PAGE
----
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Pelvic Health Physiotherapy, Prenatal Fitness
Training considerations for an active pregnancy
August 29, 2018 | by Janna Mazzarolo, Strength & Conditioning Coach

In the strength and conditioning world, training plans take an athlete’s whole season into consideration. There are periods of time when skills are developed and capacity is increased, when maintenance and injury prevention are the focus, and when athletes are instructed to rest and recover.

During pregnancy, women can follow a similar training approach to staying active and healthy, while keeping Baby safe during each trimester.

NOTE: At all stages of pregnancy, it’s important to seek medical clearance from your doctor before starting an exercise program.


First Trimester

In the first trimester, significant physical and psychological changes are happening. All women experience them differently. Activity choices that respect the way a woman feels on a given day will support a healthy pregnancy. 

Examples of first trimester training goals may include:

  • Develop optimal breathing patterns and strategies
  • Train/strengthen the core and balance the tone of the pelvic floor
  • Maintain or increase strength
  • Maintain or develop a solid aerobic foundation
  • Support healthy weight gain

It is essential to the health and happiness of both Mama and Baby, that training goals are approached and realized in a way that does not over-stress the woman’s body. That said, adequate rest between training sessions is a must — this applies to all trimesters.


Second Trimester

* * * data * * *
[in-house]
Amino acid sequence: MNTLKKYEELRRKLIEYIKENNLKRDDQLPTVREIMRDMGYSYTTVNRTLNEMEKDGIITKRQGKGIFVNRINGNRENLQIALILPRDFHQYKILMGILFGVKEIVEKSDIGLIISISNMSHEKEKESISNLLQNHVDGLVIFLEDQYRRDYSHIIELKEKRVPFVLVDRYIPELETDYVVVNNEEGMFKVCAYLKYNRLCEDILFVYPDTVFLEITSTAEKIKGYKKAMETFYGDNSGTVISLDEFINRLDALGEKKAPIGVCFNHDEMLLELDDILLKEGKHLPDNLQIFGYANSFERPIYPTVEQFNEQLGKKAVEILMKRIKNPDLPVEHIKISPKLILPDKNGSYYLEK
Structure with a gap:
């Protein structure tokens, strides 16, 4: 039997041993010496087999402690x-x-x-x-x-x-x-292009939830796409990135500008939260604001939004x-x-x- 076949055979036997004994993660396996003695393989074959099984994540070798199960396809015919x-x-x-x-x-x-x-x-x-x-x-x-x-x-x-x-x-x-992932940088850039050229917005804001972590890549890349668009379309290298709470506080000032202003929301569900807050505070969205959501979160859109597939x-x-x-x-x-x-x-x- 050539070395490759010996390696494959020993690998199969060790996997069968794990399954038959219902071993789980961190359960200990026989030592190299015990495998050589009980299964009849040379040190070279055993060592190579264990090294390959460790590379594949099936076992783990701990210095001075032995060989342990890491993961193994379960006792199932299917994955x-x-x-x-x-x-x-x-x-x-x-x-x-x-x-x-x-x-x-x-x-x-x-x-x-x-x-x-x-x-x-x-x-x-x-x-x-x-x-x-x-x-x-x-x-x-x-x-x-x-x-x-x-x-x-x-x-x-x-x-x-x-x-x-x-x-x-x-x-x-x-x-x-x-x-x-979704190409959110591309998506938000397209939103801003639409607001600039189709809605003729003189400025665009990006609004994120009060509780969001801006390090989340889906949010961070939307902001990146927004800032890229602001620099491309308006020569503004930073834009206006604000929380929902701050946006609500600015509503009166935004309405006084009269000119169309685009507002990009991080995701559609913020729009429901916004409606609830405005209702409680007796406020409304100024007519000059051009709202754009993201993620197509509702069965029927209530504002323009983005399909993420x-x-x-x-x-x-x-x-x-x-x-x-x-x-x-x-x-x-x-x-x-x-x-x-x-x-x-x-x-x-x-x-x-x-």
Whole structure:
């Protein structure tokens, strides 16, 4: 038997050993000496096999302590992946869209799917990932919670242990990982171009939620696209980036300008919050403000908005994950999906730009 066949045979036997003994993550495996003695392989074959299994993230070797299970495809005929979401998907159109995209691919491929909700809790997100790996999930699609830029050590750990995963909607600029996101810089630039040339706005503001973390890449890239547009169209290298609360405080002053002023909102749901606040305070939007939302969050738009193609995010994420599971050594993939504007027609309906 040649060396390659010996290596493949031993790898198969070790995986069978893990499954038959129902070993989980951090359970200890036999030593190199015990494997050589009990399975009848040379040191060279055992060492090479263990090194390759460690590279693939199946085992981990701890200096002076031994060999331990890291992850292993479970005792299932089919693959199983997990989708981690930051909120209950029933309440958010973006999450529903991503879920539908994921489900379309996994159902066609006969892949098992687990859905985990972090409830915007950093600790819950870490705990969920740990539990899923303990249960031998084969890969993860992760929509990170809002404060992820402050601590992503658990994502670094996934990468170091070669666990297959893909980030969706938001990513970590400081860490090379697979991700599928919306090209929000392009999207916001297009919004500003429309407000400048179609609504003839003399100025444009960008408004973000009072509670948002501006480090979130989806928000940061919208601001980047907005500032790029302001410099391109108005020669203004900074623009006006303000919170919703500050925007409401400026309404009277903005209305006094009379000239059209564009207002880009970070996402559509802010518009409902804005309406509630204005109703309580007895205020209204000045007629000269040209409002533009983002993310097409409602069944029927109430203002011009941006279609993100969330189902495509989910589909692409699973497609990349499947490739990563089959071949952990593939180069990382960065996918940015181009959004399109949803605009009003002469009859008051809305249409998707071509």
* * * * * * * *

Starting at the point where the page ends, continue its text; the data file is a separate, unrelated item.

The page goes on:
During the second trimester, some women start to notice their bodies beginning to change shape. Posture, breathing, movement strategies and mindset around self-image may also begin to change too.

Examples of second trimester training goals may include:

  • Continue to develop optimal breathing patterns and strategies
  • Continue to train/strengthen the core and balance the tone of the pelvic floor
  • Reduce the incidence of back and pelvic pain
  • Practice strong alignment and movement variability
  • Avoid exercises that may exacerbate diastasis recti (abdominal separation)
  • Maintain general muscle strength and cardiovascular fitness


Third Trimester

As Baby grows, Mama grows. For some women, this increase in size is uncomfortable, both physically and mentally. At this stage, it may be necessary to consider mindset work around the topics of body image and expectations regarding post partum body size.

For some women, sleep can also become challenging. In the context of training, this means that recovery will be slower and the impact of training will be more significant. Training intensity may need to be scaled back to respect this shift.

Examples of third trimester training goals may include:

  • Continue to develop optimal breathing patterns and strategies
  • Continue to train/strengthen the core and balance the tone of the pelvic floor
  • Maintain a comfortable level of activity
  • Reduce discomfort related to body changes
  • Incorporate birth-preparation exercises